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Roads, trains may be key to bringing peace to Korean Peninsula

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South Korean President Moon Jae-in (R) and North Korean leader Kim Jong Un announce the joint Panmunjom Declaration at the Peace House in the border village of Panmunjom in Paju, South Korea, on April 27. Photo by Inter-Korean Summit Press Corps/UPI

By Hussein Dia, Swinburne University of Technology

North Korean leader Kim Jong Un left his historic Singapore summit with U.S. President Donald Trump last month with a massive political victory in hand, but questions remain how this will help his isolated country in pragmatic terms.

A Japanese newspaper reported Sunday that Kim has asked Chinese President Xi Jinping for his help in lifting the sanctions that have crippled the North Korean economy. But even if sanctions are lifted, will this be enough to improve the standard of living for North Korea's impoverished citizens?

In recent years, Pyongyang has focused on twin policy objectives: achieving global political legitimacy, and embarking on a program of economic modernization. The Singapore summit has arguably helped in reaching the first objective. North Korea will now be looking to achieve the second.

A possible high-speed future

[post_ads]Compared to neighboring China and South Korea, North Korea's infrastructure is crumbling and in dire need of expansion and modernization. For decades, the government emphasized investment in heavy industry and weapons programs, allowing its roads, ports, rail lines and airports to fall into disrepair. North Korea's energy, water and communications systems lag behind the rest of the world, as well.

When Kim met with South Korean President Moon Jae-in in April, Moon said he would like to travel through North Korea to climb Mount Paektu -- a site of great importance in Korean folklore. Kim responded with a revealing admission that he would be "embarrassed" by his country's railways

Kim also told Moon how the North Korean athletes who took part in the 2018 Winter Olympics in Pyeongchang were impressed by the South's high-speed rail network. This was seen by many as a likely signal that North Korea was motivated to bring its own rail network -- and the rest of its infrastructure -- into the 21st century.

And South Korea evidently wants to help. At the summit between the two leaders, Moon gave Kim a USB drive that laid out a vision for connecting the two Koreas through new infrastructure projects and special economic zones. 

At the heart of Moon's plan would be a $35 billion upgrade of North Korea's rail network, including high-speed rail lines connecting Seoul, Pyongyang and other industrial zones and a retrofit of other rail lines in the North. 

Moon's proposal is shrewd. The rail lines would also connect North Korea to its northern neighbors, China and Russia, and ultimately serve as a vital link between the entire Korean Peninsula and the rest of Asia and Europe.
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The promise of mineral wealth

More importantly, the South Korean proposal goes well beyond infrastructure. It would be a catalyst for unlocking the potential of the North's untapped mineral reserves, which have been valued at $6 trillion to $10 trillion

These reserves consist of iron, gold, copper and graphite, as well as large amounts of rare earth deposits needed for production of smartphones and other high-tech gadgets made in the South. There are also unconfirmed reports of oil and gas deposits in North Korean waters.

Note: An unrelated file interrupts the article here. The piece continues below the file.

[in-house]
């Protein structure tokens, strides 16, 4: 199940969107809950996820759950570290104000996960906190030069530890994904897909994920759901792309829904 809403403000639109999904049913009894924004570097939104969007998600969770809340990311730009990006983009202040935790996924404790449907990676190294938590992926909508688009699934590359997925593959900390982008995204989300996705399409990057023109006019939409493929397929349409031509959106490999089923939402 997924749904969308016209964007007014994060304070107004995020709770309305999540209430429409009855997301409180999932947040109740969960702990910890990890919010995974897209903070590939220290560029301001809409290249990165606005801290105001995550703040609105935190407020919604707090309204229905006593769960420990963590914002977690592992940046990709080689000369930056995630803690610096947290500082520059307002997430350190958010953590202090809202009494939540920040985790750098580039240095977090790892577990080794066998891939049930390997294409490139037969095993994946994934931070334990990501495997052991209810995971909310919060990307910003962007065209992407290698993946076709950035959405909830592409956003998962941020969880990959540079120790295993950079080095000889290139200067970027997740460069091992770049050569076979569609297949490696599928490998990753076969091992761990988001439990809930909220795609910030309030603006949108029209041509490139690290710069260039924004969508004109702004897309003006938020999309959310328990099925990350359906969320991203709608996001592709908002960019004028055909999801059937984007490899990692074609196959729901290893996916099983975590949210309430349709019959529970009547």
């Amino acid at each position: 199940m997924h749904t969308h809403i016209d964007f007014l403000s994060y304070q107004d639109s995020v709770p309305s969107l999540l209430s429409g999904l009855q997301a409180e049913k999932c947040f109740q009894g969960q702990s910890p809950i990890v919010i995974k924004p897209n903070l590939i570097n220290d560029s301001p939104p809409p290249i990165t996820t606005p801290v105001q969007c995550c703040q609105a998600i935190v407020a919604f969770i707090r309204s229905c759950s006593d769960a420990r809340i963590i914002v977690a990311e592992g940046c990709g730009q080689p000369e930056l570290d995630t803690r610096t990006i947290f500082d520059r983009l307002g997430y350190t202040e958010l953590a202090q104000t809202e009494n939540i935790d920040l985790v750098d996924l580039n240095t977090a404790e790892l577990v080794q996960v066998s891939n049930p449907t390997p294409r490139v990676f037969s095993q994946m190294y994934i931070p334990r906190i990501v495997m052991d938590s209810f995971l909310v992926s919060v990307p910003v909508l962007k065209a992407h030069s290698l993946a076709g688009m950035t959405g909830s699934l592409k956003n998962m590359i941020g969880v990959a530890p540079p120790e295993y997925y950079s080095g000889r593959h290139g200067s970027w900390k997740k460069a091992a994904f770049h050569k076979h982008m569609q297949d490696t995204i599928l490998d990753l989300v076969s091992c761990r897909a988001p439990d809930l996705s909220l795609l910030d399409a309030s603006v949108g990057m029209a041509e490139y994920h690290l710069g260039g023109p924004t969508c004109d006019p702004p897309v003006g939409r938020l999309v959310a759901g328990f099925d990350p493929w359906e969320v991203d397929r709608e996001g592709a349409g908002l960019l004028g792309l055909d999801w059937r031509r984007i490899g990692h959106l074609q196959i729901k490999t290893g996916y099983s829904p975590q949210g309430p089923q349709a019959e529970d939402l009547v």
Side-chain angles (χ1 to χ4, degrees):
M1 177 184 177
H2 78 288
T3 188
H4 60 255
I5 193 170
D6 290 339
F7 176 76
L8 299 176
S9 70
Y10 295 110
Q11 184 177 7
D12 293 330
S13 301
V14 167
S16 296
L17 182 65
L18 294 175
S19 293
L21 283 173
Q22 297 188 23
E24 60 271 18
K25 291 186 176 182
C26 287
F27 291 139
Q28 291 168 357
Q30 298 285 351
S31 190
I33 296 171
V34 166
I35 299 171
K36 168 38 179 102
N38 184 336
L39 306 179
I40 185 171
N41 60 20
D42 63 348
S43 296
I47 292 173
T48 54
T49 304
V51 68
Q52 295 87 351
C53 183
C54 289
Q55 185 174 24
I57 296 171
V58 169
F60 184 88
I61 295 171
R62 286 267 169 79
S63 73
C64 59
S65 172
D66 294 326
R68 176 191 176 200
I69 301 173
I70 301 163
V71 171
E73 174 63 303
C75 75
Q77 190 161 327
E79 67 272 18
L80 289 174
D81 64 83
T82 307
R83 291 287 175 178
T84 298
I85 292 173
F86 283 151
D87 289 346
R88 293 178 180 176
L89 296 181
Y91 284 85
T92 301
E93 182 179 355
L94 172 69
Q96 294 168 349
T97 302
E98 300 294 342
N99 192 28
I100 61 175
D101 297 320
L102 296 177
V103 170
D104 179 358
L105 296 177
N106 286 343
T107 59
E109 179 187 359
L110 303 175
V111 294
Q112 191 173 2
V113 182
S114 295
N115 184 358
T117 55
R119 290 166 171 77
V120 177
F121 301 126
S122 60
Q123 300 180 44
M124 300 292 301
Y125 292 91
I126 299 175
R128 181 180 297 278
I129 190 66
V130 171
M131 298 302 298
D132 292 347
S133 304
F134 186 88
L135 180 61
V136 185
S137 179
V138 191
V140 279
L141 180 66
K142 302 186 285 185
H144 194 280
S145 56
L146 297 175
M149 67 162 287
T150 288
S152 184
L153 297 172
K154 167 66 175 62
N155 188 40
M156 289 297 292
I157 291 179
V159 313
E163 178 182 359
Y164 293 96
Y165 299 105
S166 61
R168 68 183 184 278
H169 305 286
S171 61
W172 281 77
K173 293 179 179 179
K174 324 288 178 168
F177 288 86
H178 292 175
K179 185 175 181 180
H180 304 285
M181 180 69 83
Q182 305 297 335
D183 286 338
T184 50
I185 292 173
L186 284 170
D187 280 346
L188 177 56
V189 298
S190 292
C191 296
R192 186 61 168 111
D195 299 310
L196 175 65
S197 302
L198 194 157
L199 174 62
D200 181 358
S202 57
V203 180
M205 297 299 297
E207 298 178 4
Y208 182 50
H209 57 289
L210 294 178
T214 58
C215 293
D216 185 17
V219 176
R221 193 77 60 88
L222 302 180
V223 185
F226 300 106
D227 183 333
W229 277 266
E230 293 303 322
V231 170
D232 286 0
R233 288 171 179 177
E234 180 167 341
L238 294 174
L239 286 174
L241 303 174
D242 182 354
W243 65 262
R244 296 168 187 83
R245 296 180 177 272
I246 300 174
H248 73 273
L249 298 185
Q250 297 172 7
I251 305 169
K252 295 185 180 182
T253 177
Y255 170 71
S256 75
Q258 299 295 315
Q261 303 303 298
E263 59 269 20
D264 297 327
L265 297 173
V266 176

However, modernizing North Korea's neglected infrastructure won't come cheaply. The cost is estimated at several trillion dollars, similar to what West Germany spent to develop the East after the fall of the Berlin Wall.

The technical know-how and capacities of North Korea's labor forces will also pose huge challenges.
Already, Samsung, Hyundai, Daewoo and other corporations provide training for the North Koreans they've employed in special economic zones along the border. These giants are well-placed to rebuild the North's deteriorating infrastructure, but would need to invest much more time and money to train the local workforce. 

Whether the North accepts the South's help remains to be seen. This could prove to be a major stumbling block. 

Of course, China could step in and play a major role. The country has built the world's longest high-speed rail network, extending some 14,000 miles, in a remarkably short span of time. 

Beijing has strategic interests in developing the North's rail network, as well. A future inter-Korean railway could serve as an extension of its ambitious "One Belt, One Road" infrastructure development initiative linking China with key markets in Europe, the Middle East and Africa. 
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Baby steps

Before any progress can be made on grand plans like these, North and South Korea need to take an important first step and reopen the rail links and roads between the countries. The two neighbors agreed in June to work toward that goal, but any material progress will need to wait until international sanctions against North Korea are lifted. 

The two Koreas agreed to start limited cross-border rail service to an industrial zone just over the North Korean border in 2007, but the fraught relationship between the two countries soon brought the initiative to a halt.

The ConversationThis time around, progress will depend on the cooperation of the North Korean leader, who has been reluctant to accept help in the past, but might be persuaded to do so now with his country's future in the balance.



Hussein Dia is chairman of the Department of Civil and Construction Engineering at Swinburne University of Technology.
This article was originally published on The Conversation. Read the original article.

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